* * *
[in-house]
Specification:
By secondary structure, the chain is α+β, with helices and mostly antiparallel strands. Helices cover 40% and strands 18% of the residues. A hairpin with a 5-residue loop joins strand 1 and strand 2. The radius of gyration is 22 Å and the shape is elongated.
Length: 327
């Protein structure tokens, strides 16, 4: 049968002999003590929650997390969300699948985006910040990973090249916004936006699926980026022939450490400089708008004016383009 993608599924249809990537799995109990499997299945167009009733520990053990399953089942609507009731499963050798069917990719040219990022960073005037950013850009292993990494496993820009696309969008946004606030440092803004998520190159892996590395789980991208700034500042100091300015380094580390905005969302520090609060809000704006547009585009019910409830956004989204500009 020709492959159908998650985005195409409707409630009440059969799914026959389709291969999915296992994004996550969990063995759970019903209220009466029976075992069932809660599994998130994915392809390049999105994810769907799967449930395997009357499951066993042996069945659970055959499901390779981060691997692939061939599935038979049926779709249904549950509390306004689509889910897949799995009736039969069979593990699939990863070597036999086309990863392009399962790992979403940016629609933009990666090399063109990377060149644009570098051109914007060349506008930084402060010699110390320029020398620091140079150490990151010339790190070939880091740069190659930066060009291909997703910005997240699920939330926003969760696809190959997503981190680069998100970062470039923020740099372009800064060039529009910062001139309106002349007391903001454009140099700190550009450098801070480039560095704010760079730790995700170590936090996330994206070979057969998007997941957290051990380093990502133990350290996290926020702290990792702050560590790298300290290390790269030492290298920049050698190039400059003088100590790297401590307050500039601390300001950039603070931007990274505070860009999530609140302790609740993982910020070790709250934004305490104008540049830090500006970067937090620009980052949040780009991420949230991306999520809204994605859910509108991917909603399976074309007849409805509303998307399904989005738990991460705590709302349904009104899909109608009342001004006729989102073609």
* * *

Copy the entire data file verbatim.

[in-house]
Specification:
By secondary structure, the chain is α+β, with helices and mostly antiparallel strands. Helices cover 40% and strands 18% of the residues. A hairpin with a 5-residue loop joins strand 1 and strand 2. The radius of gyration is 22 Å and the shape is elongated.
Length: 327
């Protein structure tokens, strides 16, 4: 049968002999003590929650997390969300699948985006910040990973090249916004936006699926980026022939450490400089708008004016383009 993608599924249809990537799995109990499997299945167009009733520990053990399953089942609507009731499963050798069917990719040219990022960073005037950013850009292993990494496993820009696309969008946004606030440092803004998520190159892996590395789980991208700034500042100091300015380094580390905005969302520090609060809000704006547009585009019910409830956004989204500009 020709492959159908998650985005195409409707409630009440059969799914026959389709291969999915296992994004996550969990063995759970019903209220009466029976075992069932809660599994998130994915392809390049999105994810769907799967449930395997009357499951066993042996069945659970055959499901390779981060691997692939061939599935038979049926779709249904549950509390306004689509889910897949799995009736039969069979593990699939990863070597036999086309990863392009399962790992979403940016629609933009990666090399063109990377060149644009570098051109914007060349506008930084402060010699110390320029020398620091140079150490990151010339790190070939880091740069190659930066060009291909997703910005997240699920939330926003969760696809190959997503981190680069998100970062470039923020740099372009800064060039529009910062001139309106002349007391903001454009140099700190550009450098801070480039560095704010760079730790995700170590936090996330994206070979057969998007997941957290051990380093990502133990350290996290926020702290990792702050560590790298300290290390790269030492290298920049050698190039400059003088100590790297401590307050500039601390300001950039603070931007990274505070860009999530609140302790609740993982910020070790709250934004305490104008540049830090500006970067937090620009980052949040780009991420949230991306999520809204994605859910509108991917909603399976074309007849409805509303998307399904989005738990991460705590709302349904009104899909109608009342001004006729989102073609």